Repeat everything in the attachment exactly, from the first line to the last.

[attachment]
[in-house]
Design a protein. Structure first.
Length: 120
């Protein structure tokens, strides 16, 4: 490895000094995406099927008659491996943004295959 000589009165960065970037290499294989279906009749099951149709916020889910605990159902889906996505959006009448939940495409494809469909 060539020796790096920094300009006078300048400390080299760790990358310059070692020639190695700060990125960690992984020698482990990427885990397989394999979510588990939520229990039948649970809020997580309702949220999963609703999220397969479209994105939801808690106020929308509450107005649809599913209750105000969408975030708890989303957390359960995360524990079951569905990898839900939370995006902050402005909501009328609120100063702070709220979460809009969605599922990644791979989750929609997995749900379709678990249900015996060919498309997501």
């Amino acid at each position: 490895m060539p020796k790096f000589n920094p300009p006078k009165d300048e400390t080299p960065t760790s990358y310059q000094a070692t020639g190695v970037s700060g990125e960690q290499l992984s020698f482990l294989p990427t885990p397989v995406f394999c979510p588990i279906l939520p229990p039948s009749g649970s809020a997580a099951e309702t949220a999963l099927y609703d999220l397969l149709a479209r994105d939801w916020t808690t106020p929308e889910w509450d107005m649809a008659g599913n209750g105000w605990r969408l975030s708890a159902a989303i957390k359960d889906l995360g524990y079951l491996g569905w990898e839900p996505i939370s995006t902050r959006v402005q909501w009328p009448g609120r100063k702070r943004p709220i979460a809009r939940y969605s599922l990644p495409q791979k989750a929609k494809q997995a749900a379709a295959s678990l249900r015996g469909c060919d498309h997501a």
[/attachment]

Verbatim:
[in-house]
Design a protein. Structure first.
Length: 120
């Protein structure tokens, strides 16, 4: 490895000094995406099927008659491996943004295959 000589009165960065970037290499294989279906009749099951149709916020889910605990159902889906996505959006009448939940495409494809469909 060539020796790096920094300009006078300048400390080299760790990358310059070692020639190695700060990125960690992984020698482990990427885990397989394999979510588990939520229990039948649970809020997580309702949220999963609703999220397969479209994105939801808690106020929308509450107005649809599913209750105000969408975030708890989303957390359960995360524990079951569905990898839900939370995006902050402005909501009328609120100063702070709220979460809009969605599922990644791979989750929609997995749900379709678990249900015996060919498309997501």
């Amino acid at each position: 490895m060539p020796k790096f000589n920094p300009p006078k009165d300048e400390t080299p960065t760790s990358y310059q000094a070692t020639g190695v970037s700060g990125e960690q290499l992984s020698f482990l294989p990427t885990p397989v995406f394999c979510p588990i279906l939520p229990p039948s009749g649970s809020a997580a099951e309702t949220a999963l099927y609703d999220l397969l149709a479209r994105d939801w916020t808690t106020p929308e889910w509450d107005m649809a008659g599913n209750g105000w605990r969408l975030s708890a159902a989303i957390k359960d889906l995360g524990y079951l491996g569905w990898e839900p996505i939370s995006t902050r959006v402005q909501w009328p009448g609120r100063k702070r943004p709220i979460a809009r939940y969605s599922l990644p495409q791979k989750a929609k494809q997995a749900a379709a295959s678990l249900r015996g469909c060919d498309h997501a």